Done Jan 22, 2015[45] IESG telechat to review HTTP/2 as Proposed Standard
Done Feb 17, 2015[6] IESG approved HTTP/2 to publish as Proposed Standard
Planned Publish HTTP/2 as an RFC

Browser support[edit]

HTTP/HTTPS servers[edit]

SPDY, but no HTTP/2
  • Apache provided support for old versions of SPDY via the mod_spdy module[54] but the development of the module has stopped. [55]
  • LiteSpeed Web Server currently supports SPDY/3.1[56]
  • nginx provides experimental support for SPDY (Draft 3.1) via a module[57] and plans to support HTTP/2 by the end of 2015[58]
Not planned
  • lighttpd has no support for SPDY or HTTP/2 planned in version 1.x[59]

See also[edit]


  1. ^ Bright, Peter (Feb 18, 2015). "HTTP/2 finished, coming to browsers within weeks". Ars Technica. 
  2. ^ Thomson, M. (ed. ), Belshe M. and R. Peon. "Hypertext Transfer Protocol version 2 - draft-ietf-httpbis-http2-16". HTTPbis Working Group. Retrieved 11 February 2015. 
  3. ^ a b c "Hypertext Transfer Protocol Bis (httpbis) - Charter". Internet Engineering Task Force. 2012. 
  4. ^ a b "History for draft-ietf-httpbis-http2-16". IETF. Retrieved 2015-01-03. 2014-12-16 IESG state changed to Publication Requested 
  5. ^ a b Raymor, Brian (August 7, 2014). "Wait for it – HTTP/2 begins Working Group Last Call!". Microsoft Open Technologies. Retrieved 2014-09-07. 
  6. ^ a b The IESG (17 Feb 2015). "Protocol Action: 'Hypertext Transfer Protocol version 2' to Proposed Standard (draft-ietf-httpbis-http2-17.txt)". httpbis (Mailing list). Retrieved 18 February 2015. 
  7. ^ Mark Nottingham (February 18, 2015). "HTTP/2 Approved". Internet Engineering Task Force. Retrieved March 8, 2015. 
  8. ^ a b Sebastian Anthony (March 28, 2012). "S&M vs. SPDY: Microsoft and Google battle over the future of HTTP 2.0". ExtremeTech. 
  9. ^ "Can the rise of SPDY threaten HTTP?". Restlet, Inc. October 2011. 
  10. ^ a b Ilya Grigorik. "Chapter 12: HTTP 2.0". High Performance Browser Networking. O'Reilly Media, Inc. Retrieved 19 March 2014. 
  11. ^ Pratt, Michael. "Apiux". Retrieved 19 March 2014. 
  12. ^ Dio Synodinos (November 2012). "HTTP 2.0 First Draft Published". (C4Media Inc.). 
  13. ^ a b Grigorik, Ilya. "Life beyond HTTP 1.1: Google's SPDY". 
  14. ^ Willy Tarreau; Amos Jeffries; Adrien de Croy; Poul-Henning Kamp (March 29, 2012). "Proposal for a Network-Friendly HTTP Upgrade". Network Working Group. Internet Engineering Task Force.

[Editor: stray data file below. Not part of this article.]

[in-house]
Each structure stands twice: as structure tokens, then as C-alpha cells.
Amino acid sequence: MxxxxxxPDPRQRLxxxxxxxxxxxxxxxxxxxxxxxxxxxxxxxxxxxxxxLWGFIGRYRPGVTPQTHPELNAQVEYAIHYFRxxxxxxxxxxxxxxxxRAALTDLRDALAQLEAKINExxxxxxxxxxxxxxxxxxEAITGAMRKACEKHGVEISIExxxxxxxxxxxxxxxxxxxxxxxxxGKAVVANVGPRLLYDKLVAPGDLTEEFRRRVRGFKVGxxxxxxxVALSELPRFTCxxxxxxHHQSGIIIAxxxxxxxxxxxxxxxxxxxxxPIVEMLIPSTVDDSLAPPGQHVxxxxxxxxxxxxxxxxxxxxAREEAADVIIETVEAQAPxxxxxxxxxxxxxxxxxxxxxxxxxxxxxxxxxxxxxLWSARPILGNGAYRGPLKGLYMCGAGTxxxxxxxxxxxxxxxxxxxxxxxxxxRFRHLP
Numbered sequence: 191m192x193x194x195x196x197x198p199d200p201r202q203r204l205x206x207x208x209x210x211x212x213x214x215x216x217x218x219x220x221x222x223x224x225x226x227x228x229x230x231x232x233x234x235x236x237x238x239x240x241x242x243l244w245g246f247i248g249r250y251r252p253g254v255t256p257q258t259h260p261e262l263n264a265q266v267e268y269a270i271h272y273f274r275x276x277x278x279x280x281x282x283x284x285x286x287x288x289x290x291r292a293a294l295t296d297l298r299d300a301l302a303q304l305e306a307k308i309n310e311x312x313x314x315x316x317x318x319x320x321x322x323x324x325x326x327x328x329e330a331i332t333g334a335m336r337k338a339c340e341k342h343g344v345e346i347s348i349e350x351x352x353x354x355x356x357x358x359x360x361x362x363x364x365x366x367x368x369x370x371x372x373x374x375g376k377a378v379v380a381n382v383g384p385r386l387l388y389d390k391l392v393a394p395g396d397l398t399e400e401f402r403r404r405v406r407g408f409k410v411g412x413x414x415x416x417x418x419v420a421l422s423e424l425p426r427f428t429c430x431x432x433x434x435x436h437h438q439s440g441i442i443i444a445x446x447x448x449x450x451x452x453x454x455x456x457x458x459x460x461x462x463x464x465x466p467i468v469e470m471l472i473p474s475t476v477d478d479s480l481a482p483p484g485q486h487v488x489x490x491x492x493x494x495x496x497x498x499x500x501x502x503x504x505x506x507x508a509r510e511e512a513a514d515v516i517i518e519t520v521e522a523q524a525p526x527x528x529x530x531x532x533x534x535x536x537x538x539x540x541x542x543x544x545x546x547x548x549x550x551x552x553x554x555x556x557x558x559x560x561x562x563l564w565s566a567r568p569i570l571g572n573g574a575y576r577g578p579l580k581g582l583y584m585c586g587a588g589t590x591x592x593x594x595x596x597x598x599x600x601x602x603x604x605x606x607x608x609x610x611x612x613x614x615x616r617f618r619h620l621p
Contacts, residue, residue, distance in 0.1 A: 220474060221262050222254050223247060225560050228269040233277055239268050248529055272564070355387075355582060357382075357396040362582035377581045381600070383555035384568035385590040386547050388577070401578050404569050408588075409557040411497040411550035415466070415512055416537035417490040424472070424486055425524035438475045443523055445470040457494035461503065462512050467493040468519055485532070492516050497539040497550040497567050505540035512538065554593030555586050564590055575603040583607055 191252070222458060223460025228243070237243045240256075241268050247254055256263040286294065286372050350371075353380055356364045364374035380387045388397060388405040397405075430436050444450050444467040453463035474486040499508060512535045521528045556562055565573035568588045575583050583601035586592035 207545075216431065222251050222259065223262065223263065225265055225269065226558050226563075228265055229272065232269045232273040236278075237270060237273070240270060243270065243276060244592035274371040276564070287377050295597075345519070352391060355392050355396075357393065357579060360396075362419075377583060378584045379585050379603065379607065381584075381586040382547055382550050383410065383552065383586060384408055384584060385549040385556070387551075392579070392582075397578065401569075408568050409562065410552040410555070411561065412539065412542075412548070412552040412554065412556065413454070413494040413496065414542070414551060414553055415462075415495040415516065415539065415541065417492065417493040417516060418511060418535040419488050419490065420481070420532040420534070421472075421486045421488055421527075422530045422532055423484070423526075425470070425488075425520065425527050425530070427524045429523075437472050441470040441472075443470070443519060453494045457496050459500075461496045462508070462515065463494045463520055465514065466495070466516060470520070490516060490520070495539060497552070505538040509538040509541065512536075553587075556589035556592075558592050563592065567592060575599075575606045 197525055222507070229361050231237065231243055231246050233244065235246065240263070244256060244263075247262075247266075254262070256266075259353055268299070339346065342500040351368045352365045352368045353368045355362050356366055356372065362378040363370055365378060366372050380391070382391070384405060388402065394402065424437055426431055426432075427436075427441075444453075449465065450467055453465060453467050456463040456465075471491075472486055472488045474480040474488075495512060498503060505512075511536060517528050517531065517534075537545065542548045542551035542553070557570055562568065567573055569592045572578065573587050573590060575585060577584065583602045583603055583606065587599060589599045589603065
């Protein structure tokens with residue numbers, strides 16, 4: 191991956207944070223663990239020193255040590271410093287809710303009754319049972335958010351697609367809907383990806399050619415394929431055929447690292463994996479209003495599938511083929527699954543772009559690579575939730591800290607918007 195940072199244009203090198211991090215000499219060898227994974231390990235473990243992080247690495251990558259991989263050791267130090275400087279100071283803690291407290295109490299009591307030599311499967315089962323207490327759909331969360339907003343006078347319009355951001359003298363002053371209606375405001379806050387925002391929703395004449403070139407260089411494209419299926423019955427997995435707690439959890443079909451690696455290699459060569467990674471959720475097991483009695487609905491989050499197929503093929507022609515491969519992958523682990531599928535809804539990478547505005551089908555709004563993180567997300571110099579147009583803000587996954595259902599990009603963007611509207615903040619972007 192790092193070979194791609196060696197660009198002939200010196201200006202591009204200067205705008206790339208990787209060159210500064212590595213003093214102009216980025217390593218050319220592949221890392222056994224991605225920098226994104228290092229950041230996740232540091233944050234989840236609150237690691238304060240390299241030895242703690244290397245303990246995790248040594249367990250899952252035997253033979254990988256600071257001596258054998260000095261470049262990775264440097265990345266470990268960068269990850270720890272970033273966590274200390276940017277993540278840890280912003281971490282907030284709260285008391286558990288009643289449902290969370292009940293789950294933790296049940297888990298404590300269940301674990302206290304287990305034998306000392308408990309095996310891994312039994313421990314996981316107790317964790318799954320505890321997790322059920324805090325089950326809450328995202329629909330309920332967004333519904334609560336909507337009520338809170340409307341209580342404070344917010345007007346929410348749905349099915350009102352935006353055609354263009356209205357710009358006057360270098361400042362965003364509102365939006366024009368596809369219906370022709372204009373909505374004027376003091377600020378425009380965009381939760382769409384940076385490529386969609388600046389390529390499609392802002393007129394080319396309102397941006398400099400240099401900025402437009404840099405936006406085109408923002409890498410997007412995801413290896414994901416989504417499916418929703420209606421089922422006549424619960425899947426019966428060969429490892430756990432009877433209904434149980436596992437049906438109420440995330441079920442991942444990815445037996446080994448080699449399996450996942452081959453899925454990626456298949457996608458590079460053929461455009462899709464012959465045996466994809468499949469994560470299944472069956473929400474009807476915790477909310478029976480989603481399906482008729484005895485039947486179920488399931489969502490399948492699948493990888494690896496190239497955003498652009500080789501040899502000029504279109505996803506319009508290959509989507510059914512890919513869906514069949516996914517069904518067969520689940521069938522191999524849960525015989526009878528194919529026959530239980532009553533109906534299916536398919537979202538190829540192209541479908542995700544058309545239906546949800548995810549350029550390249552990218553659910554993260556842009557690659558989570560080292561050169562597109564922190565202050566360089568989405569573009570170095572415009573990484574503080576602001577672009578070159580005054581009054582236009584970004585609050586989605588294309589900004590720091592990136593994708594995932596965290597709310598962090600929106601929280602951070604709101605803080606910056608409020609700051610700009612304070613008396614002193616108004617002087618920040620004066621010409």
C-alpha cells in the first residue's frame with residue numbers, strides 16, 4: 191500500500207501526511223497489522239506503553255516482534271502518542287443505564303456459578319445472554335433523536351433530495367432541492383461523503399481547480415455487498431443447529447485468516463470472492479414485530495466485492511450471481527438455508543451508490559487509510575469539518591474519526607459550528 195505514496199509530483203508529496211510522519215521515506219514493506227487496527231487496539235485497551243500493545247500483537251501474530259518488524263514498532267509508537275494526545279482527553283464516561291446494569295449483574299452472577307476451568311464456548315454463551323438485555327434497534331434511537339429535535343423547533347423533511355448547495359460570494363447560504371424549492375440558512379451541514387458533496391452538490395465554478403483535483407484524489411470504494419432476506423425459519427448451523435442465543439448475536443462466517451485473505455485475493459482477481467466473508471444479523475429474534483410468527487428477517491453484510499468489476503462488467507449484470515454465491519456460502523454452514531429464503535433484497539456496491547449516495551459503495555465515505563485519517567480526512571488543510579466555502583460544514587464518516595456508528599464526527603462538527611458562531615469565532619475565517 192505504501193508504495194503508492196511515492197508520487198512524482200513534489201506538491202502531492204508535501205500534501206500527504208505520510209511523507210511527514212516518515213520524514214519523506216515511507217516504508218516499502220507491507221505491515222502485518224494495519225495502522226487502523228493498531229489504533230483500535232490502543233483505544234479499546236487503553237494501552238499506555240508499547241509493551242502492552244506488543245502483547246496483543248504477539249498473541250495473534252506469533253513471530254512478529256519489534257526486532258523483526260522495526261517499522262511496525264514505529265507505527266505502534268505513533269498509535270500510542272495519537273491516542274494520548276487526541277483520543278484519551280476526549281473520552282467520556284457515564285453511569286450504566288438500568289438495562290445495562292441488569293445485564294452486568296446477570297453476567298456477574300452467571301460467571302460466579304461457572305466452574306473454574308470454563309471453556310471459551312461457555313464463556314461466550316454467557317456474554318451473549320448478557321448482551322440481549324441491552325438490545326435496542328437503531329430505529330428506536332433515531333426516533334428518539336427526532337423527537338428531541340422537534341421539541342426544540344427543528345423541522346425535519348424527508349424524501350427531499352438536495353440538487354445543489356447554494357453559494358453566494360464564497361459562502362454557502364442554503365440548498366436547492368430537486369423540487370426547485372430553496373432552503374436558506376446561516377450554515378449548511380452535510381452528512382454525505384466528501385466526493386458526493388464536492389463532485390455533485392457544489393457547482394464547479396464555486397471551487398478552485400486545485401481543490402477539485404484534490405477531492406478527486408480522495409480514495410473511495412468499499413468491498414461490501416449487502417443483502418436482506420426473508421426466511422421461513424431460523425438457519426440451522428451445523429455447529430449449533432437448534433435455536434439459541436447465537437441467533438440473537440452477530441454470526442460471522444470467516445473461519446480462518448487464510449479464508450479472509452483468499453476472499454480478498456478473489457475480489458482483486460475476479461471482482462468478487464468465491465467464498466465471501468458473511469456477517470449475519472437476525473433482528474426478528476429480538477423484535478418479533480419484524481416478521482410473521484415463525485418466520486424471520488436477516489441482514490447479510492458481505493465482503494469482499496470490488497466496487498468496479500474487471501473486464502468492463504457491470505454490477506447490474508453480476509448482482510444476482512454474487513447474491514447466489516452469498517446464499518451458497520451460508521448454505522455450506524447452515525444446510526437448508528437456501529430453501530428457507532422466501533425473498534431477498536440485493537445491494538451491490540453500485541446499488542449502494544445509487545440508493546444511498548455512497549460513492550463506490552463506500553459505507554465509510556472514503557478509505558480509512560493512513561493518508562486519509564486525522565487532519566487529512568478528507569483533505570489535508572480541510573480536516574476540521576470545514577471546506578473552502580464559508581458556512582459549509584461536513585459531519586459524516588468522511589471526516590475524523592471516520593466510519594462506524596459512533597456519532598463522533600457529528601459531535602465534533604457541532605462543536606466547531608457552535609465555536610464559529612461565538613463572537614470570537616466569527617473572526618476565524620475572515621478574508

15. ^ Doug Beaver (July 15, 2012). "HTTP2 Expression of Interest" (mailing list). W3C. 
  16. ^ Dio Synodinos (2012-11-30). "HTTP/2 First Draft Published". InfoQ. 
  17. ^ "SPDY: An experimental protocol for a faster web". The Chromium Projects. 
  18. ^ "Hypertext Transfer Protocol Version 2". HTTPbis Working Group. 2014-10-21. Retrieved 2014-10-23. 
  19. ^ Chris Bentzel; Bence Béky (2015-02-09). "Hello HTTP/2, Goodbye SPDY". Chromium Blog. 
  20. ^ Belshe, M.; Peon, R.; Thomson, M. "Hypertext Transfer Protocol Version 2, Use of TLS Features". Retrieved 2015-02-10. 
  21. ^ a b "Networking/http2". MozillaWiki. Retrieved 2014-09-07. 
  22. ^ "HTTP/2 Frequently Asked Questions". IETF HTTP Working Group. Retrieved 2014-09-08. 
  23. ^ Kamp, P. H. (2015). "Http/2.0". Communications of the ACM 58 (3): 40. doi:10.1145/2717515. 
  24. ^ Kamp, Poul-Henning (2015-01-06). "HTTP/2.0 – The IETF is Phoning It In (Bad protocol, bad politics)". ACM Queue. Retrieved 2015-01-12. 
  25. ^ Kamp, Poul-Henning (2015-01-07). "Re: Last Call: <draft-ietf-httpbis-http2-16.txt> (Hypertext Transfer Protocol version 2) to Proposed Standard". (Mailing list). Retrieved 2015-01-12. 
  26. ^ Murenin, Constantine A. (2015-01-09). "Re: Last Call: <draft-ietf-httpbis-http2-16.txt> (Hypertext Transfer Protocol version 2) to Proposed Standard". (Mailing list). Retrieved 2015-01-12. 
  27. ^ Paul Hoffman. "draft-hoffman-httpbis-minimal-unauth-enc-01 - Minimal Unauthenticated Encryption (MUE) for HTTP-2". Internet Engineering Task Force.